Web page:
Nashville is renowned for its vibrant music scene, warm southern hospitality, and delicious cuisine. We put together a list of 11 intriguing facts about Nashville because we are so enthusiastic about our Nashville Heritage Festival this spring. The topics range from pop culture to Nashville’s history.
The only exact reproduction of the Greek Parthenon can be found in Centennial Park in Nashville. The tallest interior sculpture in the western hemisphere is a 42-foot-tall sculpture of Athena Parthenos that is located inside the Parthenon.
Nashville’s WSM radio station received the first FM broadcasting license in 1941. Nashville’s designation as “Music City” is given to David Cobb, a WSM announcer in the 1950s.
More than 200 songs were recorded by Elvis Presley at Nashville’s famed RCA Studio B. When Elvis couldn’t get into the holiday mood while making a Christmas album, a string of lights was still up and visible.
In 1856, William Walker, a native of Nashville, was elected president of Nicaragua. Since then, no other American has been elected president of another nation.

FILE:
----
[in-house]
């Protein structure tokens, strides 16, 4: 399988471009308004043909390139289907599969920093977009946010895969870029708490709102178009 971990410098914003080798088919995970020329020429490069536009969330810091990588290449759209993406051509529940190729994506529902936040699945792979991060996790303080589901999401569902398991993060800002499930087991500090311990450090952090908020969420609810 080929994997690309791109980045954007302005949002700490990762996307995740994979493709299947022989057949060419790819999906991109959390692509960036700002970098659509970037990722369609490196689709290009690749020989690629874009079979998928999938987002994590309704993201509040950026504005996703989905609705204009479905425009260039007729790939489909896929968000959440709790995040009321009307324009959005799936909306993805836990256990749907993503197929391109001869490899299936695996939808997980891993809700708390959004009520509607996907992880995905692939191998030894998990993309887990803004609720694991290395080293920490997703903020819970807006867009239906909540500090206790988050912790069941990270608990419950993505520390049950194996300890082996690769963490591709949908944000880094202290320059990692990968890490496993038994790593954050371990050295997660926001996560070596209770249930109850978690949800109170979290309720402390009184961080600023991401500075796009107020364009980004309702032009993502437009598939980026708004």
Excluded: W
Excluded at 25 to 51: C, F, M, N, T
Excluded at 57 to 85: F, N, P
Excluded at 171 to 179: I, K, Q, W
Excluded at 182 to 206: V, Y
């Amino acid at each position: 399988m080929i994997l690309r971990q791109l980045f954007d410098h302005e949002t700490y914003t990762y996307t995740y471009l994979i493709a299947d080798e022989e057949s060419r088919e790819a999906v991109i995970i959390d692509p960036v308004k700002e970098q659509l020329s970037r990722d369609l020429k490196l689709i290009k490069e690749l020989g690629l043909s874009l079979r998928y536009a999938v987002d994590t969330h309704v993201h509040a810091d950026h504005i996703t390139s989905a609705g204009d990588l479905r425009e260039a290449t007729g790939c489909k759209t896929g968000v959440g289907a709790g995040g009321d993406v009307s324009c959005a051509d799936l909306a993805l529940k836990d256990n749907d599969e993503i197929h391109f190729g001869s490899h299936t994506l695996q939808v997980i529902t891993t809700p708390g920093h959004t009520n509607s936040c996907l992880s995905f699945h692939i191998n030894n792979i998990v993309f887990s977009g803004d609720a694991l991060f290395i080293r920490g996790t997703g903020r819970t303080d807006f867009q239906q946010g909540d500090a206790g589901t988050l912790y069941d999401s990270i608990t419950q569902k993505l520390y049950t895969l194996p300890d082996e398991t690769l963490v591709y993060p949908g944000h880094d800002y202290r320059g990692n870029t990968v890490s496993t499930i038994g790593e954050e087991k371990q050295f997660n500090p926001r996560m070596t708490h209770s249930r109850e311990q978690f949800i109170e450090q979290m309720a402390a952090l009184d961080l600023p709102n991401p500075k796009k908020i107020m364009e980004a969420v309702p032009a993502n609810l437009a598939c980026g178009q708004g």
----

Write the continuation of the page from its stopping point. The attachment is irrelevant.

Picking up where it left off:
The American Revolutionary War hero Francis Nash inspired the naming of Nashville. On Christmas Eve 1779, James Robertson, John Donelson, and a group of Overmountain Men founded it.
In 1974, the Grand Ole Opry had its inaugural performance at the new Opry House, with President Richard Nixon as a performer. On the piano, he performed “God Bless America.”
Nashville was the location of the recordings for “Jingle Bell Rock,” “The Bunny Hop,” and “Hokey Pokey.”
Morris Frank, a blind student at Vanderbilt University, went abroad to research the usage of seeing-eye dogs. In 1928, he established The Seeing Eye, Inc. in Nashville and brought the first service dog back to the country.
The design of the Country Music Hall of Fame is a reflection of its musical content. The tall, thin windows are shaped like a piano keyboard, and one end of the structure has a radio antenna in the RKO fashion. The structure appears to be a bass clef from above.
On December 10, 1927, George Hay changed the name of Nashville’s renowned weekly country music broadcast, which had previously been known as WSM Barn Dance in homage to a similar radio program in Chicago. It is the longest-running live music radio program in history.
The biggest songwriter’s festival in the world is held in Nashville. Each spring, more than 350 songwriters participate in the Tin Pan South festival, which fills venues all throughout the city with their unique compositions.